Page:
Many homes have outdoor lighting to illuminate walkways after dusk. These path lights shine over nearby areas, and they often have hoods or shields that direct light toward the ground. If you need path or yard lighting ideas for outside your home, there are a few things you should know before you purchase anything.
Time-Tested Ways to Light Your Path
Because landscape lights come in so many varieties, you may want to use one of the time-tested methods to light your path. The first is post lights, which are mounted directly beside your walkways and cast light over every step of the way. Post lights have several unique variations of their own. Some are simple, black posts with hooded shades, while others have decorative designs, which accent the garden during daylight.
Ground well lighting is another long-trusted way to light landscape features. These lights rest at ground level and cast light on vertical surfaces, such as walls or features you wish to accent in the yard. You can also pair ground well lights with post lights. A combination of both makes for a well-lit exterior, and one that can highlight your home’s best features.
Unique Path Lights to Save Energy and Add Character
Path lighting can add character and charm to your yard, as well as functionality. Post lights with glass shades diffuse glare so that you can see clearly. They’re also used for decoration, and they come in a myriad of styles. Choose from nautical-themed fixtures, traditional lantern designs, globes, bells and many other shapes. These versatile fixtures can provide elegant accents to paths and gardens. During the day, the sun’s rays reflect off the textured surfaces of these shades, so they sparkle without any electricity needed.
Tulip shades are another common style of decorative fixture. Their stalk-shaped posts arch upward, and their ground-facing heads direct light back toward the path. During the day, these lights serve as subtle decorations along the edge of your walkways. Using these shades along garden pathways accents the natural beauty of the flowers and plants.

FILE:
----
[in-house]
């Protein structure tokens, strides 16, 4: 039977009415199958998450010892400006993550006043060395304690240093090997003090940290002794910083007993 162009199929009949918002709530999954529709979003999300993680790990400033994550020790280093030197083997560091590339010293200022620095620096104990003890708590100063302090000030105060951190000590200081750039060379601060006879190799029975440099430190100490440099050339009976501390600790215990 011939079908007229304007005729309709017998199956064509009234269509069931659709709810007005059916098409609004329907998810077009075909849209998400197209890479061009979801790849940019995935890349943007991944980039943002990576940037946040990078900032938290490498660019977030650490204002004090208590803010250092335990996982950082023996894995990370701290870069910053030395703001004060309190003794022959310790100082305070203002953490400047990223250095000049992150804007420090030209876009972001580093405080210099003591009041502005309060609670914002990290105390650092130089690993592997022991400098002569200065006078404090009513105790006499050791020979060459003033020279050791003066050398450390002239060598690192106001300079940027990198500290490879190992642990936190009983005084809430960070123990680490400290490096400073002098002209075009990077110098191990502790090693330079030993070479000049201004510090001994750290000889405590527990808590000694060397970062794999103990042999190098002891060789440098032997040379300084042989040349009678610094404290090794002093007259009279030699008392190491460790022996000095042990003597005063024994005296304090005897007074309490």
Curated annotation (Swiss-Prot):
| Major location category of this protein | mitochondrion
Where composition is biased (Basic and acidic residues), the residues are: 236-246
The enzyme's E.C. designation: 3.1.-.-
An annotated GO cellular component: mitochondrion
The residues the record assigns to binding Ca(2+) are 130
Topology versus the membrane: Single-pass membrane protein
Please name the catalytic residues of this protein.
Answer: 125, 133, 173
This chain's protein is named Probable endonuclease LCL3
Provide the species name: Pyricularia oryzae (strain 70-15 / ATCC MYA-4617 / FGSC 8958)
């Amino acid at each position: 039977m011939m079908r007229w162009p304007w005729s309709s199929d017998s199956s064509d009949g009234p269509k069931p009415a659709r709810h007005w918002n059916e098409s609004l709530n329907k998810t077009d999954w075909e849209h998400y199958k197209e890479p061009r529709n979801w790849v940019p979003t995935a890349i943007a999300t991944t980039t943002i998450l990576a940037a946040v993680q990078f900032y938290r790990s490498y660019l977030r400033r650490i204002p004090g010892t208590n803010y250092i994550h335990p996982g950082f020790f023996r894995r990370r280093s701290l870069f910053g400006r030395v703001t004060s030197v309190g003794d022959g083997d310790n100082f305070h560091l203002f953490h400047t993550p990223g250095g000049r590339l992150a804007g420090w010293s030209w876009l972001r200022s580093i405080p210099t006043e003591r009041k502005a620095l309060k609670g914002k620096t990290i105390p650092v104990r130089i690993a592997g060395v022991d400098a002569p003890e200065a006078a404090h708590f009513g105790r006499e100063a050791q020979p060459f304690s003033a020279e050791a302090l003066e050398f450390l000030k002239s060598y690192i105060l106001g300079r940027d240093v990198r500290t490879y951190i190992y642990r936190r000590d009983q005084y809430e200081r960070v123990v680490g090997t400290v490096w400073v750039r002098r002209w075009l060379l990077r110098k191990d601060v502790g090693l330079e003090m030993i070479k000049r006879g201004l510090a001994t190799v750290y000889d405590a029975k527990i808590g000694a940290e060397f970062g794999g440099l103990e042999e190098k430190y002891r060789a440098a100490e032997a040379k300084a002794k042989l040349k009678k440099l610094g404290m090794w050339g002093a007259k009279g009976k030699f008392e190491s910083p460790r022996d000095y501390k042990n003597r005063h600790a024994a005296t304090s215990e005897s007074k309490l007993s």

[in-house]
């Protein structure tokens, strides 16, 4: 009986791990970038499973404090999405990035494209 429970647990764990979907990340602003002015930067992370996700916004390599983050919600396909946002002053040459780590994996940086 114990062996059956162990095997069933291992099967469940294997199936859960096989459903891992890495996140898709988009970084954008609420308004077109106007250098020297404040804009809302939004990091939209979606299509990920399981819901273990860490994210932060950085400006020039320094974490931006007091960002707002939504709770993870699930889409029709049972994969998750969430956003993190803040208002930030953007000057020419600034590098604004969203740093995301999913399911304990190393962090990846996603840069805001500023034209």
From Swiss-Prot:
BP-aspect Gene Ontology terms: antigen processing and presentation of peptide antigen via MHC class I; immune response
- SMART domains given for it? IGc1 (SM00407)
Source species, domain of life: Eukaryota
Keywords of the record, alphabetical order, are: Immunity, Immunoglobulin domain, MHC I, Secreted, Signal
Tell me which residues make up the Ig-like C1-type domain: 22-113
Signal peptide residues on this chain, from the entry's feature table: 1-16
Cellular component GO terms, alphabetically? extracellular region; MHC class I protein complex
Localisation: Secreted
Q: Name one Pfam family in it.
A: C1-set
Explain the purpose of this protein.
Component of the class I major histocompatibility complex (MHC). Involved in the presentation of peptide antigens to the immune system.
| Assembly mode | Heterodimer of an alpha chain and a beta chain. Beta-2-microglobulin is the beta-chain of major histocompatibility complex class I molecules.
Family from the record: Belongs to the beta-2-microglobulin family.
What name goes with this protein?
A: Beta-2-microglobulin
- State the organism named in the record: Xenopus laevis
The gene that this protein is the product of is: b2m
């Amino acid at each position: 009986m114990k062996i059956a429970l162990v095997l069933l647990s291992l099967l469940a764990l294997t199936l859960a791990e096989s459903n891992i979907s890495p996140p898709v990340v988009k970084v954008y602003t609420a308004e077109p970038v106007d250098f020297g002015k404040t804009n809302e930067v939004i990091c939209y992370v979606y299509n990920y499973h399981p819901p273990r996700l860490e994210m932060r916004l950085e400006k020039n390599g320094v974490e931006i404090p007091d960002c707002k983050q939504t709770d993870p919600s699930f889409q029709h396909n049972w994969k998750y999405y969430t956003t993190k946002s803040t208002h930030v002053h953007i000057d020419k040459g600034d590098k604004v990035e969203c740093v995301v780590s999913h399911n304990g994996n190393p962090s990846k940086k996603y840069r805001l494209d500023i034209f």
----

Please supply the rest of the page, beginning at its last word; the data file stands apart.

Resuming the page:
Ground well lighting is also available in a variety of styles. Some are set flush with the ground and create a soft, unobtrusive glow. Others come in striking shapes such as bowls, candles, wands and flowers.
Energy-saving lights such as LED’s, many of which run on only 12V, offer another valuable feature for your home’s outdoor lighting. LED’s are available in all major forms of outdoor lighting, including posts and ground wells, making it possible to reduce energy consumption. Look for the Energy Star rating when choosing outdoor lighting.
You Will Also Need
If you plan to use low-voltage fixtures such as LED landscape lighting, you will need to find a transformer as well. This device modifies the electrical voltage from your home for powering fixtures without a line connection. Also, you’ll need cables to carry power from your transformer to each of your lights.
Photocells and motion sensors play a major role in landscape lighting as well. These devices automatically turn your lights on and off to save energy. Photocells detect light levels, so your lights will go on when the sun goes down. Motion sensors detect movement, so path lights turn on as soon as you step near them. Many landscape lights offer scheduling features as well.
LED Path Lights by Kichler
Other Things to Consider with Path Lights
If you want to brighten up your lawn or garden, remember these tips for effective traditional landscape lighting.
- Avoid glare. Light fixtures should illuminate surrounding areas and should never shine directly in your eyes. Shaded hoods and ground wells with directional shields prevent glare. If the elevation of your path changes from one end to the other, you may need to diffuse or redirect light beams to avoid glare.
- Accent unique features. You may choose to accent landscapes and your home’s architectural features with special fixtures that cast light across specific areas. Ground-level spots highlight walls and fences, while traditional posts can illuminate flower beds or other ground features. So long as you use compatible fixtures with the same voltage, these lights connect to the same circuit as your path lights.
- Spacing. Path lights require about 10 feet of surrounding space, so be sure to plot the location of your lighting fixtures before digging holes. The distance between each fixture ensures adequate illumination and prevents ground clutter. Additional lights can be used to accent landscape features along the way.
- Voltages. Landscape lighting comes in line and low voltages, and the two cannot be used interchangeably. Line landscape lighting usually requires the help of a licensed electrician, while you can install most low-voltage landscape lights yourself.
Create your unique path lighting design with the wide variety of styles available, and enjoy the glow of satisfaction that comes with a job well done.